Cathy Moore is the first woman and Latina to lead North Carolina's largest public school district.
She hopes this is a positive message to young people watching her.
"That there is possibility and there are opportunities and if you work hard enough. You can achieve anything," Moore said.
Including a six-figure salary.
The first time superintendent, a native of Ecuador, will make $274,000 a year.
Moore will make less money than her predecessor Jim Merrill, who reportedly made $303,091 a year. The school district says Moore makes less because she is new to her role. Merrill has previous superintendent experience at several school districts.
When she started teaching 30 years ago at Enloe High she was making just a fraction of that.
Today the average Wake teacher makes less than $54,000 a year.
Moore would like to see that figure closer to the national average of nearly $60,000.
She supports teachers lobbying lawmakers for more.
"Hopefully people are listening and paying attention because they have our future every day in our classrooms."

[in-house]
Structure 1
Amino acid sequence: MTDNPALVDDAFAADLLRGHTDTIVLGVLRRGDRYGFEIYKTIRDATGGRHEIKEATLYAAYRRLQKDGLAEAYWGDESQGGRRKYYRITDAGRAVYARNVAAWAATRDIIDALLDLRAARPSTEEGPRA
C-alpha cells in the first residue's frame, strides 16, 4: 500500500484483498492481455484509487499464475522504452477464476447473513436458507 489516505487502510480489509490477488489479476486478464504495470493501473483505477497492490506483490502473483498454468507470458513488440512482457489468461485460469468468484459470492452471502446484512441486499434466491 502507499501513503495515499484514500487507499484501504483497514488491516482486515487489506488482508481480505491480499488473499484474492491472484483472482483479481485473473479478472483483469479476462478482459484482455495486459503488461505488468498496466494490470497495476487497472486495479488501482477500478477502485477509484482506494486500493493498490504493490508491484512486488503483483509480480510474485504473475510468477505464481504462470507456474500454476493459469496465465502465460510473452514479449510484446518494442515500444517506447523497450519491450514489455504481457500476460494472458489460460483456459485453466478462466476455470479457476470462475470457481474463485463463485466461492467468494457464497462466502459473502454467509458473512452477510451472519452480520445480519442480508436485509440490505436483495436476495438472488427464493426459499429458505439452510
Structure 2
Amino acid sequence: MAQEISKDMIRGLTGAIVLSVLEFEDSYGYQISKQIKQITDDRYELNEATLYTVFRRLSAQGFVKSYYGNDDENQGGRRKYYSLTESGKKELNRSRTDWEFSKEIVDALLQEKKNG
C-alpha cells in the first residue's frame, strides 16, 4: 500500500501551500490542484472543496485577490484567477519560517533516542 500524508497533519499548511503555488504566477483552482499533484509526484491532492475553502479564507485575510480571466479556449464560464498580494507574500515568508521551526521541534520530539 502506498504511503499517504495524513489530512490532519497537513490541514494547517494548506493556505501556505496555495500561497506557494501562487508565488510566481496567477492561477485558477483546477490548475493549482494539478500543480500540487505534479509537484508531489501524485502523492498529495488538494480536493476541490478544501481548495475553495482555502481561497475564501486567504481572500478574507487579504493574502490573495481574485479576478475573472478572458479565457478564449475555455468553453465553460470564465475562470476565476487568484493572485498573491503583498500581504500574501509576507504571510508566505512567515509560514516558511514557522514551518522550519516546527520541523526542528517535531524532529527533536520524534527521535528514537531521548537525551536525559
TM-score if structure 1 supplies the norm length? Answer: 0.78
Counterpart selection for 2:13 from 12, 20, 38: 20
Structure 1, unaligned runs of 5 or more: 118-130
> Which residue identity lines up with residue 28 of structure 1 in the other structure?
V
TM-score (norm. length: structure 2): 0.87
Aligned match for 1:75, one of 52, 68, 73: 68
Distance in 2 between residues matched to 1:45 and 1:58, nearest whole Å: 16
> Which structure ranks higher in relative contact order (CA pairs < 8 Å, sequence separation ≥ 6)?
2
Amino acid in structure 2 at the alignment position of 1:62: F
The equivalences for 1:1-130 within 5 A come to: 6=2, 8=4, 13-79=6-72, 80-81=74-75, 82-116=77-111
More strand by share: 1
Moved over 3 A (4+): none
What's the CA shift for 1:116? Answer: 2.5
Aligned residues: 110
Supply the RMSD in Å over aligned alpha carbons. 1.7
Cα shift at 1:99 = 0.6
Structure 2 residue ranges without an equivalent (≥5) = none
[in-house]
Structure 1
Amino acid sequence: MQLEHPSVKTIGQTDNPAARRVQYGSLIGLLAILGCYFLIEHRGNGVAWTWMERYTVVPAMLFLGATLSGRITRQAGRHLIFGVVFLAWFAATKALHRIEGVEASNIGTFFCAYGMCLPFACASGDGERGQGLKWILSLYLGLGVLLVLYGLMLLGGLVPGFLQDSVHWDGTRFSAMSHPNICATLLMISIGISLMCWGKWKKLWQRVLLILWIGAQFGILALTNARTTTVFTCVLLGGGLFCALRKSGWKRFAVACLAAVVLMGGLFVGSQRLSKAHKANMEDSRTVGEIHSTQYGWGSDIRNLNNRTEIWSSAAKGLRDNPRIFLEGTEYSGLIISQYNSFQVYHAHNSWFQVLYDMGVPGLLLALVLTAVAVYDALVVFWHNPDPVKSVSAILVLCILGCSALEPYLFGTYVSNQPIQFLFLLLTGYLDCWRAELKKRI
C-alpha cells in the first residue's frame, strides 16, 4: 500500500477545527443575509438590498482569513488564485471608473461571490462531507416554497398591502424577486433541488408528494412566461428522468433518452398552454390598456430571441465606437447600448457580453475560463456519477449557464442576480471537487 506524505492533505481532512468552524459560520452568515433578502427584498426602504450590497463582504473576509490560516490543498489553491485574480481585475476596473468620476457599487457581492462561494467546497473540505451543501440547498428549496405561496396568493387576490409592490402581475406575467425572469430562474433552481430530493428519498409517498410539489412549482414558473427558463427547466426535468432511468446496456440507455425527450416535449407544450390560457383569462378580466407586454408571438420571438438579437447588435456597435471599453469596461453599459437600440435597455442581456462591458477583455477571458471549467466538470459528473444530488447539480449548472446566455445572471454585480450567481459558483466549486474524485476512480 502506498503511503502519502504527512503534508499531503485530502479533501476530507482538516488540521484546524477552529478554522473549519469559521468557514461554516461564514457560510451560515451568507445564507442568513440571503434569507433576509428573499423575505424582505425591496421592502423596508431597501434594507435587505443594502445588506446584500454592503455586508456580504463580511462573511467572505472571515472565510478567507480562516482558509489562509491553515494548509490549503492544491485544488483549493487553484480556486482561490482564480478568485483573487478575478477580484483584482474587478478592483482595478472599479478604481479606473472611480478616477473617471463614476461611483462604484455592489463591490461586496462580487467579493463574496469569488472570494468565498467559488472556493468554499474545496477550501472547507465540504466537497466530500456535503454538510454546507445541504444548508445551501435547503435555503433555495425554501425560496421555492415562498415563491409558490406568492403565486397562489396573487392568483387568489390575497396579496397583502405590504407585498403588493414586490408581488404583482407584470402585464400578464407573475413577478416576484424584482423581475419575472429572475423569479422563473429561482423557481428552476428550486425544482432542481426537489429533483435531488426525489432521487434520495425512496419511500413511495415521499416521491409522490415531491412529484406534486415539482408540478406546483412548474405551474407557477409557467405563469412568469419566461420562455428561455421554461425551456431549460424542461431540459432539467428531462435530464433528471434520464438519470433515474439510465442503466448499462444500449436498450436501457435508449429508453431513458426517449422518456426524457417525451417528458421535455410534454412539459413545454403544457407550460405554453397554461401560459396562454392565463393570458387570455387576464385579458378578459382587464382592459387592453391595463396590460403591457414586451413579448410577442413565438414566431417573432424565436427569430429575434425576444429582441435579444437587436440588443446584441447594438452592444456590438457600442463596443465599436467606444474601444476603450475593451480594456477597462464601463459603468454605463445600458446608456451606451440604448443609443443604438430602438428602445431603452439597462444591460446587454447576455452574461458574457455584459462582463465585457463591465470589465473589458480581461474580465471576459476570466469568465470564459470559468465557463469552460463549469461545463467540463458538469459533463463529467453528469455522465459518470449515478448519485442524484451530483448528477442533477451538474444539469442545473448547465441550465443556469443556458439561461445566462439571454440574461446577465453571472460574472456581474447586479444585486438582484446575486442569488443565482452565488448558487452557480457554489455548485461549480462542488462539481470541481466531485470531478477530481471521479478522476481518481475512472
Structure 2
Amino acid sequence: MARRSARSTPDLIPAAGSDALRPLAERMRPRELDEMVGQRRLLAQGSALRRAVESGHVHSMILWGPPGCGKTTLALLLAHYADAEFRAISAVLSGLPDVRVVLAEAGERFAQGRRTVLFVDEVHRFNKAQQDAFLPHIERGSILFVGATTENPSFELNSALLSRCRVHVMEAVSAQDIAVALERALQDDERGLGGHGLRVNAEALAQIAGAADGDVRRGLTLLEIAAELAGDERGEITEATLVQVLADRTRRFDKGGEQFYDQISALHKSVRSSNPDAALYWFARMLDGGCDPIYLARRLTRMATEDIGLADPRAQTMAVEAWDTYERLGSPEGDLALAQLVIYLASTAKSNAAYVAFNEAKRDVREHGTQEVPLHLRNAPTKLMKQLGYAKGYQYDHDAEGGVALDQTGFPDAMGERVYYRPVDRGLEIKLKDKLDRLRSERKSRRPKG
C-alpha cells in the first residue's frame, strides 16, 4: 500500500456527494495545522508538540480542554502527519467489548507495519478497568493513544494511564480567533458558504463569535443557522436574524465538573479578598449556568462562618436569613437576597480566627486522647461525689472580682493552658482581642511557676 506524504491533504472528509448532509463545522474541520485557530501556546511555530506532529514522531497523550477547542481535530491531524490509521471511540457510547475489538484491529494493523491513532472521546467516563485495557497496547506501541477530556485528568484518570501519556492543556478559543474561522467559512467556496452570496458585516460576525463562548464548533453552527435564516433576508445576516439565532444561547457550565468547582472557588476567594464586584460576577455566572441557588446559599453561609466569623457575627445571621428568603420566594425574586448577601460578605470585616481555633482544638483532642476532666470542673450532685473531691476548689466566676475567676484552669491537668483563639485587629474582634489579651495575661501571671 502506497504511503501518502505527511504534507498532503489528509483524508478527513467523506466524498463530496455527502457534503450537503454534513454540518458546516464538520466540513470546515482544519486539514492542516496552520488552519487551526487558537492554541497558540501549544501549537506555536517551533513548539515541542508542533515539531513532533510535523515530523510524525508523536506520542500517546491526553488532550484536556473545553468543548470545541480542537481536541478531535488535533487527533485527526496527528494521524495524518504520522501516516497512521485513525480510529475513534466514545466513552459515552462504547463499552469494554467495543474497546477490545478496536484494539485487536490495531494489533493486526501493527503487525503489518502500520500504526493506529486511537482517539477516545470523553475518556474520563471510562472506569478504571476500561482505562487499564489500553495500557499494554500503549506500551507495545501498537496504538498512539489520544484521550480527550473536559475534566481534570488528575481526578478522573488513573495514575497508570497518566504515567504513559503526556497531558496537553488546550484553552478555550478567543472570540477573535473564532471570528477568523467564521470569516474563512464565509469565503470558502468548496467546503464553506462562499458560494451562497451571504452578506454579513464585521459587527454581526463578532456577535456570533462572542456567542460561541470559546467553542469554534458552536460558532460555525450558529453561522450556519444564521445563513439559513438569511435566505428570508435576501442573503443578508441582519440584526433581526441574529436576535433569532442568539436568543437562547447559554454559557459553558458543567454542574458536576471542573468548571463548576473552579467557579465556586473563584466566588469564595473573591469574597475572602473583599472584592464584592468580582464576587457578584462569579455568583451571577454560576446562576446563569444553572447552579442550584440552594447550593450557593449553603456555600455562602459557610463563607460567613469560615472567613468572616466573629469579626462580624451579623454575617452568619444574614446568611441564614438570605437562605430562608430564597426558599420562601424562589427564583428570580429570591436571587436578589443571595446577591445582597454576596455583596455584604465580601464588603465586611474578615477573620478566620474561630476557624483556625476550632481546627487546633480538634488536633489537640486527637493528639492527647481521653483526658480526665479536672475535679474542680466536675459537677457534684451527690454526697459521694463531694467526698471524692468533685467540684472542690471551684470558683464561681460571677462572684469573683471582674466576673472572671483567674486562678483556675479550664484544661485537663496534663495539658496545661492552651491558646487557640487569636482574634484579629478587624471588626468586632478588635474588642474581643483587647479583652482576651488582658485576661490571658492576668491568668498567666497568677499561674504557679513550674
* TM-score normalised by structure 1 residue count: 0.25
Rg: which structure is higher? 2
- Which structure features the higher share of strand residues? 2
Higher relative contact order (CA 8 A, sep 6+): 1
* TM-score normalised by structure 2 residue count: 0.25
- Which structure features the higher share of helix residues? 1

In Wake County, those classrooms are growing, with 2,000 students arriving in the district every year.
Moore says the challenge is working with county leaders to balance and budget for that growth, which also means building new schools.
Moore wants to establish better relationships with teachers and network with her contemporaries from neighboring districts who are facing similar challenges.
She also faces ongoing issues such as closing the achievement gap and eliminating the racial disparity in how students are disciplined,
"We want to attack from both the policy side in terms of what can be done to demonstrate that our policies are fair, but we also want to address a culture of high expectations and inclusivity for all of our schools."
And then there is school safety and preventing school shootings.
Moore says strong relationships between students, teachers and staff are critical and current safety measures must be revised.
New Wake County superintendent sits down with ABC11